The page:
Saturday, January 3, 2009

Drama: Das Kleine Chaos / The Little Chaos (1966, Rainer Werner Fassbinder)

The Little Chaos (1966)
West Germany, 9 min
Directed by: Rainer Werner Fassbinder
Written by: Rainer Werner Fassbinder
Starring: Christoph Roser, Marite Greiselis, Rainer Werner Fassbinder, Greta Rehfeld

My first film from Rainer Werner Fassbinder is a nine-minute short, one of the director's earliest efforts. The film follows three youths, caught up in the rebellious counter-culture of the 1960s, who decide to supplement their meagre incomes (selling magazine subscriptions door-to-door) by orchestrating a home robbery. The three aspiring criminals – played by Christoph Roser, Marite Greiselis and Fassbinder himself – bust into the home of a frightened woman (Greta Rehfeld) and demand her money. The characters, particularly Fassbinder's Franz, do plenty of over-the-top posturing, no doubt in homage to the James Cagney style of acting that dominated gangster movies of the 1930s and 1940s (the film even references this sub-genre of Hollywood filmmaking, musing that "I'd like to see a gangster movie that ends well, for once"). The scene of a home invasion surprisingly called to mind A Clockwork Orange (1971), though I don't know how likely it is that Stanley Kubrick received inspiration from the amateur work of an emerging German director.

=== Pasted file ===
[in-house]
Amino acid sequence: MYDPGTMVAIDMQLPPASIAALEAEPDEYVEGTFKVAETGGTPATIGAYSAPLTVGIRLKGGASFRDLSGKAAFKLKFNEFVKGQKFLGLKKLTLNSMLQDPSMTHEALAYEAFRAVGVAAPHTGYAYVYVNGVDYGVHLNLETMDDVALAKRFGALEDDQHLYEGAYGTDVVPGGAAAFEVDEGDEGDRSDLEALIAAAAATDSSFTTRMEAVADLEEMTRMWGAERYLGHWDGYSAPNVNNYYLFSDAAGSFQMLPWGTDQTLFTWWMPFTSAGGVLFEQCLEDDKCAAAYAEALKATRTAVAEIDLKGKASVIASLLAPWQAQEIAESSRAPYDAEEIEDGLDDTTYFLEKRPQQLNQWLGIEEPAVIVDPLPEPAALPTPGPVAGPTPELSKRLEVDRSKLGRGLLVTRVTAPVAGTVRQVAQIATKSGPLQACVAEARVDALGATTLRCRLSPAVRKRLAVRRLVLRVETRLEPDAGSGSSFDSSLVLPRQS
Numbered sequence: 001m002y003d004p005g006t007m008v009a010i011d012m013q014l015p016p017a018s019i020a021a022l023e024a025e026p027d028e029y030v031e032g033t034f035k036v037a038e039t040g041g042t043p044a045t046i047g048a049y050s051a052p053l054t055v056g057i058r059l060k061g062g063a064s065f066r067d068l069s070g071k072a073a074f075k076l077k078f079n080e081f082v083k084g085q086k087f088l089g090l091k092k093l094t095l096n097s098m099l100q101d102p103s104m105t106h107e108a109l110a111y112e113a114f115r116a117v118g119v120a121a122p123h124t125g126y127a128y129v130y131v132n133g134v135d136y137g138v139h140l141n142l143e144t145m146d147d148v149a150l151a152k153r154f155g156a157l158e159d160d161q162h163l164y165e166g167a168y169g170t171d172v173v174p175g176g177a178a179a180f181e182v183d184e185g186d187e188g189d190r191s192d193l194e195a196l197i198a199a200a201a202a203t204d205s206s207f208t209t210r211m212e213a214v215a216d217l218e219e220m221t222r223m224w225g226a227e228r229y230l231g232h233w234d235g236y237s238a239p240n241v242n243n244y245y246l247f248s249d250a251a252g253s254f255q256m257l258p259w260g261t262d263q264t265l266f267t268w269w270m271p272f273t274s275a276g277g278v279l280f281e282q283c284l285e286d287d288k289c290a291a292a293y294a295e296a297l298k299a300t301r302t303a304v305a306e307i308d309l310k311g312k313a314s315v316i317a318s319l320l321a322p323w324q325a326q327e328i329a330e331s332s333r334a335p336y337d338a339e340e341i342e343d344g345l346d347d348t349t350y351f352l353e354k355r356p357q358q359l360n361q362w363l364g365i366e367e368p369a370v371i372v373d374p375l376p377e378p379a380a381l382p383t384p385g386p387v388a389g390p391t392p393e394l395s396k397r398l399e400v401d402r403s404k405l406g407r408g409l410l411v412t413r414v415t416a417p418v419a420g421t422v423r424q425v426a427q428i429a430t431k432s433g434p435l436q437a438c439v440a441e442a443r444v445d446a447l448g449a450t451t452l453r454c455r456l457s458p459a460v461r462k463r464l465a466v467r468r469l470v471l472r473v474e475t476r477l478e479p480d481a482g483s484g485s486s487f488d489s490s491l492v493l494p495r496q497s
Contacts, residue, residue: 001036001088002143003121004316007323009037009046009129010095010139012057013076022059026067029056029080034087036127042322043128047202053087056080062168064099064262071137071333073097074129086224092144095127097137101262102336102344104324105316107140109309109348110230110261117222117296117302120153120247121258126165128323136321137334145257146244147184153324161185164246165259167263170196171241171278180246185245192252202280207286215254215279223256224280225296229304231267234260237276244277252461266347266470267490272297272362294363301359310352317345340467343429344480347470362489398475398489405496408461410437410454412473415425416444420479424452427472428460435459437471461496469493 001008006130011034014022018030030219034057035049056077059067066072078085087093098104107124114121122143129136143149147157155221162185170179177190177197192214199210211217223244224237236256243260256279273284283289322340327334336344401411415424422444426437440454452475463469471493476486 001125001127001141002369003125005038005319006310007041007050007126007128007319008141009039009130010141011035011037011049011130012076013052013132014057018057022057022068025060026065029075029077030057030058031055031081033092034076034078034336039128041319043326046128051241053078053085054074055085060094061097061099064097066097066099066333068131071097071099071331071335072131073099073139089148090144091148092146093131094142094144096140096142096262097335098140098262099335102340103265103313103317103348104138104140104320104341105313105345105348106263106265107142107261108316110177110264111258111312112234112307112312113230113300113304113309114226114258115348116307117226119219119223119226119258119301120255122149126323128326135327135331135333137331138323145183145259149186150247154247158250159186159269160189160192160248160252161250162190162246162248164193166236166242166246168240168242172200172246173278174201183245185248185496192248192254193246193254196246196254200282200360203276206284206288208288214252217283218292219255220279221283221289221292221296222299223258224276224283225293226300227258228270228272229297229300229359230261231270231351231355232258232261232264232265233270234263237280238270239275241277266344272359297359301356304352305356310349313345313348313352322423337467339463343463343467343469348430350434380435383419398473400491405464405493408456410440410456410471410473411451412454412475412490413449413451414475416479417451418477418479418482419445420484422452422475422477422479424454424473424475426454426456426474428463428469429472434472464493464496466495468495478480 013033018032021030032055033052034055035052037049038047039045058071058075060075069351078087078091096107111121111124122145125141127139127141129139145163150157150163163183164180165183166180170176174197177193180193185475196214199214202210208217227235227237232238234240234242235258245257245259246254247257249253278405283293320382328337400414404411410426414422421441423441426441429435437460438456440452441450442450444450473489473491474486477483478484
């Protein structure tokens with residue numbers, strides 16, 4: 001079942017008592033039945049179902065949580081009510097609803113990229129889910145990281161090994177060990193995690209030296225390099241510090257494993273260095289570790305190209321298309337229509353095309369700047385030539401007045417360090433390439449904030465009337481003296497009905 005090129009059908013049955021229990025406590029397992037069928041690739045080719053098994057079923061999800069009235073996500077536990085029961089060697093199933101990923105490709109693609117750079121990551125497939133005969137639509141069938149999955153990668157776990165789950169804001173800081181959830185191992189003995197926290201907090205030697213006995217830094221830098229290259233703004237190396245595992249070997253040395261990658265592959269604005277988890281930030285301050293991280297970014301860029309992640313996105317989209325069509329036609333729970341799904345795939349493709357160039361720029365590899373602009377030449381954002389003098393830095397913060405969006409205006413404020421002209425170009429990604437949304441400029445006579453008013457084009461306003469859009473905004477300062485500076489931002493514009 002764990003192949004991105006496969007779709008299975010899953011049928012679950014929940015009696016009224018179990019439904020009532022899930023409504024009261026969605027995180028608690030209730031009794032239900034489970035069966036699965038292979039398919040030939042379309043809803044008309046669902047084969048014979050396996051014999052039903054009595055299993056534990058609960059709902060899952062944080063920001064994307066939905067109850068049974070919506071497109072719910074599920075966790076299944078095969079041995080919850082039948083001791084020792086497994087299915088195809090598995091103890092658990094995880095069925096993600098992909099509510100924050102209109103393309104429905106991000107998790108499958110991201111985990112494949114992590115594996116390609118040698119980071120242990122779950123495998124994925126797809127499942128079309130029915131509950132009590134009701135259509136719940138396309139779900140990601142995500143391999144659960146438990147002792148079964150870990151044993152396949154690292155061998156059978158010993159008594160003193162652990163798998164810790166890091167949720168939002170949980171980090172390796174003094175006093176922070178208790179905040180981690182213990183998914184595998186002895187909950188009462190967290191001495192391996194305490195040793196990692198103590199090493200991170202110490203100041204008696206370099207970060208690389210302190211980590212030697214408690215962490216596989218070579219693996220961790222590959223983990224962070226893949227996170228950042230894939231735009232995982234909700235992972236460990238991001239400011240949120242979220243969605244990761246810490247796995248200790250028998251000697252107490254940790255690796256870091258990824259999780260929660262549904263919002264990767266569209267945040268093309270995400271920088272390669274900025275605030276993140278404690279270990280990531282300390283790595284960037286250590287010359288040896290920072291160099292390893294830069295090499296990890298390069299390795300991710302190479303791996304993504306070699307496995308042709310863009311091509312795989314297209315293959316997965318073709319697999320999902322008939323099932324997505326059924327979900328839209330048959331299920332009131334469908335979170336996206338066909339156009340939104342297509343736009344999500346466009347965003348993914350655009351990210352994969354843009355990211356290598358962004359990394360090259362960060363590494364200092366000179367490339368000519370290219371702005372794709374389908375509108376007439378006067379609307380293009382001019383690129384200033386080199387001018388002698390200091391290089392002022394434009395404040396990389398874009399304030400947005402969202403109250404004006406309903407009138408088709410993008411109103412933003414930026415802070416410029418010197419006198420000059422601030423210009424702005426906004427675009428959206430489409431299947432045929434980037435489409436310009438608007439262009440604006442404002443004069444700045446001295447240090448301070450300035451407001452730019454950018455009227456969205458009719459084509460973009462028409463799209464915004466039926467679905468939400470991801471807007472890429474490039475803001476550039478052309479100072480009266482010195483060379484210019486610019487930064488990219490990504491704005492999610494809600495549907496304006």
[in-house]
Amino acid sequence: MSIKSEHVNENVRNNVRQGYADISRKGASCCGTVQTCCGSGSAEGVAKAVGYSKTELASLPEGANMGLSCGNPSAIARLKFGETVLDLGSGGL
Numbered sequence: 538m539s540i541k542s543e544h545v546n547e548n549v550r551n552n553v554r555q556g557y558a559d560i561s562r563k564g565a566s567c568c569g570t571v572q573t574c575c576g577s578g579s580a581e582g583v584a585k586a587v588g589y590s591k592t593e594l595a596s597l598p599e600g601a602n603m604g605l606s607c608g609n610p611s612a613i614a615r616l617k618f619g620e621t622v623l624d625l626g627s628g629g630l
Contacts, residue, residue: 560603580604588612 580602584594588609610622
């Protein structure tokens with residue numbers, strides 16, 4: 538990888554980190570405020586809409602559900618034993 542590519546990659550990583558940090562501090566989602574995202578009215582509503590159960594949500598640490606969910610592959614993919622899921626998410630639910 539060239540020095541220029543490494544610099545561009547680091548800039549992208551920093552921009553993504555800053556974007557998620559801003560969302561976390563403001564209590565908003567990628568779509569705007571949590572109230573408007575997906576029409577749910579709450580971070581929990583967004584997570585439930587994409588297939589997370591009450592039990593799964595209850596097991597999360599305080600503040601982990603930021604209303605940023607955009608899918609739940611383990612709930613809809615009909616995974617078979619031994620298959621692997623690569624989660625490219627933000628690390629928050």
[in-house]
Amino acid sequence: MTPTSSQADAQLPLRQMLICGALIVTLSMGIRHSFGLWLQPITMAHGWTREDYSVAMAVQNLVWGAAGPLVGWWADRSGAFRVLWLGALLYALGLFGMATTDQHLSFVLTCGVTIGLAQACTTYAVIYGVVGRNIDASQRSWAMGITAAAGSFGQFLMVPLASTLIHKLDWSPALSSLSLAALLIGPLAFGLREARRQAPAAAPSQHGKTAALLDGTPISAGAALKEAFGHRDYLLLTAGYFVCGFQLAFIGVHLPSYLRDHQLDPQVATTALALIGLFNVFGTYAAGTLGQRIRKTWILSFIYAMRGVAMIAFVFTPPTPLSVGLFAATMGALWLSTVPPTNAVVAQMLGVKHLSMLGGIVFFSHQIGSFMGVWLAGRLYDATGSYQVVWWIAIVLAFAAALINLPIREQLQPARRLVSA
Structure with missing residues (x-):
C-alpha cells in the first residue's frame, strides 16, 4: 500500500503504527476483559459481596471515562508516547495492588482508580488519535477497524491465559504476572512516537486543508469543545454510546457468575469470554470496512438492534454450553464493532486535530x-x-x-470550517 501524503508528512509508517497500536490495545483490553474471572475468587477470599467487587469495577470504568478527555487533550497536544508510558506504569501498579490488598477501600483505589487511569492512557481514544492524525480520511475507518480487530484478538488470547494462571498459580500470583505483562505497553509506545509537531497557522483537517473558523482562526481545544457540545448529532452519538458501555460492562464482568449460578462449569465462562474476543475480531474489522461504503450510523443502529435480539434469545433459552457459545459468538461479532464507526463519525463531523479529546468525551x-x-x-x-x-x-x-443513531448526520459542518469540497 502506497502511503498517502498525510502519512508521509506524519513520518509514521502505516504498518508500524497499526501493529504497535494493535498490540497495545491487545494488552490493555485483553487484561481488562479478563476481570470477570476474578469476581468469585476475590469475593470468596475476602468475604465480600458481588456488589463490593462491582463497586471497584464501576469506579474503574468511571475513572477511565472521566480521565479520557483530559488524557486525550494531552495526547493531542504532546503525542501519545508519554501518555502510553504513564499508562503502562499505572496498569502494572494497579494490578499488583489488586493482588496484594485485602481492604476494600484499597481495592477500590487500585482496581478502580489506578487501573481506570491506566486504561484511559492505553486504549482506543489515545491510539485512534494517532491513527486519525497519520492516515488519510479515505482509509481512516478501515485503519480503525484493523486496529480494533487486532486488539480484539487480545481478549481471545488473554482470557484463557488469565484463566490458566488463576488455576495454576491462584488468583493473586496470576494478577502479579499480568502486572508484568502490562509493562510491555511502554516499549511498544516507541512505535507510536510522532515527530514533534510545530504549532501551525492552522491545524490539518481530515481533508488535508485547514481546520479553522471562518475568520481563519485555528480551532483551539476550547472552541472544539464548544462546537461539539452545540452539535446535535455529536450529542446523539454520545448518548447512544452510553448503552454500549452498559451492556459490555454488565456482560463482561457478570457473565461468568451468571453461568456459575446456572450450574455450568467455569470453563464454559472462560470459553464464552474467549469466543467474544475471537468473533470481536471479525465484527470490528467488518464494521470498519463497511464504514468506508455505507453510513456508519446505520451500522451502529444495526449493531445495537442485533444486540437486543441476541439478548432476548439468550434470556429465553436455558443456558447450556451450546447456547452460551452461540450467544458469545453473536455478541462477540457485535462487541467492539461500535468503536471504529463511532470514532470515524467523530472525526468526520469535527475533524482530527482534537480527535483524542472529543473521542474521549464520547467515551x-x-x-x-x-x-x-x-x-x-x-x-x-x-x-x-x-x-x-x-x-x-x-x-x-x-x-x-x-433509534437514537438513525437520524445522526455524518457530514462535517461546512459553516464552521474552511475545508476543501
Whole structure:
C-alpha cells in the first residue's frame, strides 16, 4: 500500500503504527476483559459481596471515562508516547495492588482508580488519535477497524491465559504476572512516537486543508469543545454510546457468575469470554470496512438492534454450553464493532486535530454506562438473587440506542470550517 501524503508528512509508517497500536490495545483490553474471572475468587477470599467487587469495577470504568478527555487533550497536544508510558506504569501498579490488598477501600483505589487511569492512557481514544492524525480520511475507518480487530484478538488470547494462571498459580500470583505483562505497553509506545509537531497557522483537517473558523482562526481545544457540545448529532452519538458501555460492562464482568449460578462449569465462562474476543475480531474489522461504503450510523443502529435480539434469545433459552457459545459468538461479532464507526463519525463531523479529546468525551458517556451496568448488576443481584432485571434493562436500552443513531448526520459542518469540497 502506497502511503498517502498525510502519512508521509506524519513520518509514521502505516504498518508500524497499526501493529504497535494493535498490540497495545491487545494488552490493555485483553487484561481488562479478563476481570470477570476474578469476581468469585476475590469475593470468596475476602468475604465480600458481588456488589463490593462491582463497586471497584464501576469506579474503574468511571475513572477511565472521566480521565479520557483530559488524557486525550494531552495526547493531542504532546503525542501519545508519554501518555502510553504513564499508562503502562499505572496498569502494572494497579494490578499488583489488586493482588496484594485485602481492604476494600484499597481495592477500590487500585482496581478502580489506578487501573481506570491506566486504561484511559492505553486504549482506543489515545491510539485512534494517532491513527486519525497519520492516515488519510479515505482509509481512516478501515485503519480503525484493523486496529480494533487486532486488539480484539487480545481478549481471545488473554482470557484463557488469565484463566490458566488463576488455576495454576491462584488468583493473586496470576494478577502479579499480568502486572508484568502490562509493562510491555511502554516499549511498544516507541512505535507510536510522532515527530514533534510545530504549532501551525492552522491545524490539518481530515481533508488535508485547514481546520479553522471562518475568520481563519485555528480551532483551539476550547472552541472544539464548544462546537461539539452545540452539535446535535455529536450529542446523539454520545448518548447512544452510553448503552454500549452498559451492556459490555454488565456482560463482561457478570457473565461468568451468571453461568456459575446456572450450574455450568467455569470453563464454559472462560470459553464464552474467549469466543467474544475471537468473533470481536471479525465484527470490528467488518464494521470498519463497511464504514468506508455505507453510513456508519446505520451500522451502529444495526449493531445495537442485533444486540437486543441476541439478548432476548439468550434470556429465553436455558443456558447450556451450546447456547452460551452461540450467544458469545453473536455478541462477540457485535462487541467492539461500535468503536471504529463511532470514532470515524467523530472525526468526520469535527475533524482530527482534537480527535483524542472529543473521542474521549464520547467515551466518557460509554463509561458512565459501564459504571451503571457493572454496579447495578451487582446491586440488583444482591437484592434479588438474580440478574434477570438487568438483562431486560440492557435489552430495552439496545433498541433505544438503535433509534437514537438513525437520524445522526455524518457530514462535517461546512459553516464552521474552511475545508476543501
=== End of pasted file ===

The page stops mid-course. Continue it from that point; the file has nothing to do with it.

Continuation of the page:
Though The Little Chaos (1966) was undoubtedly shot on a limited budget, and the cinematography certainly betrays these limitations, Fassbinder does know how to position his camera, alternating between close-up static shots and more dynamic hand-held pans. The film opens with a long zoom across a road, as an enigmatic jazz tune overwhelms the soundtrack, suggesting the brand of classy crime capers that became popular in the 1960s. The acting is adequate enough, though certainly not authentic. Fassbinder mugs determinedly to the camera, a faux tough-guy who perpetually seems to have a foul odour beneath his nostrils. Roser's character is much more tender and introverted, a likable enough guy who's obviously been roped into something in which he desires no part. The film ends with "I Can't Control Myself" by The Troggs on the soundtrack, followed by the wail of police sirens. The three petty criminals will probably get away with it this time, but one gets the feeling that they won't be so fortunate on their next venture.

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